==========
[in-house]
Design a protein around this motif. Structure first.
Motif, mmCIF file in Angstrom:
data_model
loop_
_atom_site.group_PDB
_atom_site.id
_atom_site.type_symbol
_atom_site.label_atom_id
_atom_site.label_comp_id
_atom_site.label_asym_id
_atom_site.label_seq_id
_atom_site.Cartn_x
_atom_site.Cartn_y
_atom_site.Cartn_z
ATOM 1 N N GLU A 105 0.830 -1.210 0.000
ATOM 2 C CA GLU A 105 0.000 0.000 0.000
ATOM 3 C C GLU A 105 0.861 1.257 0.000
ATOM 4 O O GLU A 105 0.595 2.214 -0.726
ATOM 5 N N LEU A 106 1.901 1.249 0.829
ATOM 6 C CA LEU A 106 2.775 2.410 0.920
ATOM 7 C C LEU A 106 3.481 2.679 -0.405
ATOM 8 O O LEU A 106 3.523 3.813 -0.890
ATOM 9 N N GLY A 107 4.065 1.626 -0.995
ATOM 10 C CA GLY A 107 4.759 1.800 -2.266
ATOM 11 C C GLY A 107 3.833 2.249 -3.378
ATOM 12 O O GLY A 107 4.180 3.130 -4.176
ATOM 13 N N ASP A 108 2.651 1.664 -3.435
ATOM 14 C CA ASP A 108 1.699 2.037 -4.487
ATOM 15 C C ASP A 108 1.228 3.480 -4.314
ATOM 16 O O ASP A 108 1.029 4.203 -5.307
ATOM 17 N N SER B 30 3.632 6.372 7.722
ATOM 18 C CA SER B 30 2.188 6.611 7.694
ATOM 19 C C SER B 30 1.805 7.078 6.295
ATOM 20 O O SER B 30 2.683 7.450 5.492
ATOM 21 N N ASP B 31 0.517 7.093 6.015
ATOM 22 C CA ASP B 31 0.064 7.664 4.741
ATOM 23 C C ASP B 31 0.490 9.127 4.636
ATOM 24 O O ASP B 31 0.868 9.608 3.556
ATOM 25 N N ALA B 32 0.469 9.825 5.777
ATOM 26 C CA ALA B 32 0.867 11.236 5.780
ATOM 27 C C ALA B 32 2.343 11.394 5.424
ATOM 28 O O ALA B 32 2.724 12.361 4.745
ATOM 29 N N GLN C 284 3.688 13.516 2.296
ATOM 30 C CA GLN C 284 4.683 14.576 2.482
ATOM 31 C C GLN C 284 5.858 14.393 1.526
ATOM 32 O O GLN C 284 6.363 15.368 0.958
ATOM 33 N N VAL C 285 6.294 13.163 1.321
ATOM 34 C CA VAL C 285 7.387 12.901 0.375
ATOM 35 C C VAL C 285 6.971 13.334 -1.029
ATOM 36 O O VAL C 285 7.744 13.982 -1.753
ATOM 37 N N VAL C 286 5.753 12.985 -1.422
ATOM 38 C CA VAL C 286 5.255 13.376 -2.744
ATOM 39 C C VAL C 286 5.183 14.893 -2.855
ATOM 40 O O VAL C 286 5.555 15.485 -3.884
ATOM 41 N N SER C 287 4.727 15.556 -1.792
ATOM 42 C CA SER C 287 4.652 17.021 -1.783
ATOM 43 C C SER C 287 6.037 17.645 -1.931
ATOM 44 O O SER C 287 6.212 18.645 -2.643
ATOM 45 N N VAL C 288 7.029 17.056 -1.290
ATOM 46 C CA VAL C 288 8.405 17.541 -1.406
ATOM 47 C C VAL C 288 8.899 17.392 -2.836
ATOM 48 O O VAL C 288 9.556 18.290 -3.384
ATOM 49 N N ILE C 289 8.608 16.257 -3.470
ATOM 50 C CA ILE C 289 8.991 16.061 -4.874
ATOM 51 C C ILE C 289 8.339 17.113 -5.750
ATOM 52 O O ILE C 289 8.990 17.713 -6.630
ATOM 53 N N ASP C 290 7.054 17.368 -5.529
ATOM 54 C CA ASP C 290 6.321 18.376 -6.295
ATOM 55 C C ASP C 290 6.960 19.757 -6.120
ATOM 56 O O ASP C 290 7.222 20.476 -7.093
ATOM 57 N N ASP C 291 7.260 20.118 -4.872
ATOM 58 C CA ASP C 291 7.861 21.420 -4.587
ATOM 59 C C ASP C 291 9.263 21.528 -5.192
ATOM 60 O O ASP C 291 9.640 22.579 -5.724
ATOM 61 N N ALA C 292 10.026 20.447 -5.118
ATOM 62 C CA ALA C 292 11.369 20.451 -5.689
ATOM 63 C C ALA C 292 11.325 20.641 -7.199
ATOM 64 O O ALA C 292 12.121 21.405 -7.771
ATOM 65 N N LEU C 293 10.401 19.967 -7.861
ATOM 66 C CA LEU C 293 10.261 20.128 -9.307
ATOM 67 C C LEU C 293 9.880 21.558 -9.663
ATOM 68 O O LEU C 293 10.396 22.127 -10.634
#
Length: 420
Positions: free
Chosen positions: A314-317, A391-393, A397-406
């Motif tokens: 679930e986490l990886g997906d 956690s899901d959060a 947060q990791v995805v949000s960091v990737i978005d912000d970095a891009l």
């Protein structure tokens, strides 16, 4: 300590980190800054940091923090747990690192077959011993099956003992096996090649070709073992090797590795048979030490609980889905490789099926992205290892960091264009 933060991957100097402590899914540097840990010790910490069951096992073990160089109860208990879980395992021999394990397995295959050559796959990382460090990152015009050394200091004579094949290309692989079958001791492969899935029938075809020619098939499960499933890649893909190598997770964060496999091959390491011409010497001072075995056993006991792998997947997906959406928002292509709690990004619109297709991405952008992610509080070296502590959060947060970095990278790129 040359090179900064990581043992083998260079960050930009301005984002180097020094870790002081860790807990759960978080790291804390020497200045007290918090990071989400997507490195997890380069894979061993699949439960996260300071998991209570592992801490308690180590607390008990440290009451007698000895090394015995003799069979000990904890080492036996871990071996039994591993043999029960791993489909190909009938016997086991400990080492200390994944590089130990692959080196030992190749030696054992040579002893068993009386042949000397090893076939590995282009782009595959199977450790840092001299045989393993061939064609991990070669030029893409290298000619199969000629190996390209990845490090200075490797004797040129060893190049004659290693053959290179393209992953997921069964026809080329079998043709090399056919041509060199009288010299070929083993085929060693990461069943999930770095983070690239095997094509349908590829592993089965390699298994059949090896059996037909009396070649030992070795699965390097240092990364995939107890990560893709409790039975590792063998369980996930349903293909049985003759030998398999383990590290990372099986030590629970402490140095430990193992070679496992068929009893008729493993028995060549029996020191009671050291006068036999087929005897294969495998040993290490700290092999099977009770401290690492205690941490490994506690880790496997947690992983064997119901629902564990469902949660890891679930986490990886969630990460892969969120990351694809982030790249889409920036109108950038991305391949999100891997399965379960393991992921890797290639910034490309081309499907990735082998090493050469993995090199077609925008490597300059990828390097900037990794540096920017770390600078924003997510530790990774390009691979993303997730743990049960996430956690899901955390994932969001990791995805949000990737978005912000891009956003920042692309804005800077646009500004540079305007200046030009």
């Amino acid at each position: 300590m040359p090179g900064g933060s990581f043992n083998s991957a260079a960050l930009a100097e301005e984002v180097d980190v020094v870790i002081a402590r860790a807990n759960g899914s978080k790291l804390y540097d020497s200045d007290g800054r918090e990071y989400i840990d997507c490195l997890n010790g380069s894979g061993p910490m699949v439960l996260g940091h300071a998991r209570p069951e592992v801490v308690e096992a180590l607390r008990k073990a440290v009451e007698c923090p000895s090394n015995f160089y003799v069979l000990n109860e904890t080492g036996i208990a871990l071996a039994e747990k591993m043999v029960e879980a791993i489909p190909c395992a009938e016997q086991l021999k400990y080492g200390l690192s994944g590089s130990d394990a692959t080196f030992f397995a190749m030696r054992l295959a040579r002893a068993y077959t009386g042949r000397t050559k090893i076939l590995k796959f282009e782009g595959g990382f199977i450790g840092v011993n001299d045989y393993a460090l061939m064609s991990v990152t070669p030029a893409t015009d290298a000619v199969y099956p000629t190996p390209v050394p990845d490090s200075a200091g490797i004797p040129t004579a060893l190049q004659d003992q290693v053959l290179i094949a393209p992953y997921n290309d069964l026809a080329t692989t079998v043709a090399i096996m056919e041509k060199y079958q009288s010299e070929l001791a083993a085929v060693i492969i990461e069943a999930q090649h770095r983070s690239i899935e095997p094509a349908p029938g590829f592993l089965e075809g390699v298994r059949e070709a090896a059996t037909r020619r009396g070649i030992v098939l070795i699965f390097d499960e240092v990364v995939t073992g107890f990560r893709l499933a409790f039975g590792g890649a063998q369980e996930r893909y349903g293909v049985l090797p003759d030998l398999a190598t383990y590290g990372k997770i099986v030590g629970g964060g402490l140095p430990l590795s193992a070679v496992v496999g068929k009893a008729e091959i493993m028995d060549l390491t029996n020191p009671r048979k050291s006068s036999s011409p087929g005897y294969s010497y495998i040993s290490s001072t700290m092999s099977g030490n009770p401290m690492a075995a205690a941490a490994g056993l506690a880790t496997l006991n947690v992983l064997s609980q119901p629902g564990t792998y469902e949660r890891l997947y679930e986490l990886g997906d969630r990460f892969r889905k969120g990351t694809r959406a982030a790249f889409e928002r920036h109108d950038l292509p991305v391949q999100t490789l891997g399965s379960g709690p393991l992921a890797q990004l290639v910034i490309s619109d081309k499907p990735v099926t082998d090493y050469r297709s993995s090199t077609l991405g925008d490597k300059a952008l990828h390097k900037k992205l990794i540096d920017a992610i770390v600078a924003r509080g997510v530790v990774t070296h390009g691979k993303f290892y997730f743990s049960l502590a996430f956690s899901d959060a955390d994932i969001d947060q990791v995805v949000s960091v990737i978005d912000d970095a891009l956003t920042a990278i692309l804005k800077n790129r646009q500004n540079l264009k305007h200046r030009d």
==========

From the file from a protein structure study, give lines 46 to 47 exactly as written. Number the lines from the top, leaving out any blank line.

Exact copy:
ATOM 31 C C GLN C 284 5.858 14.393 1.526
ATOM 32 O O GLN C 284 6.363 15.368 0.958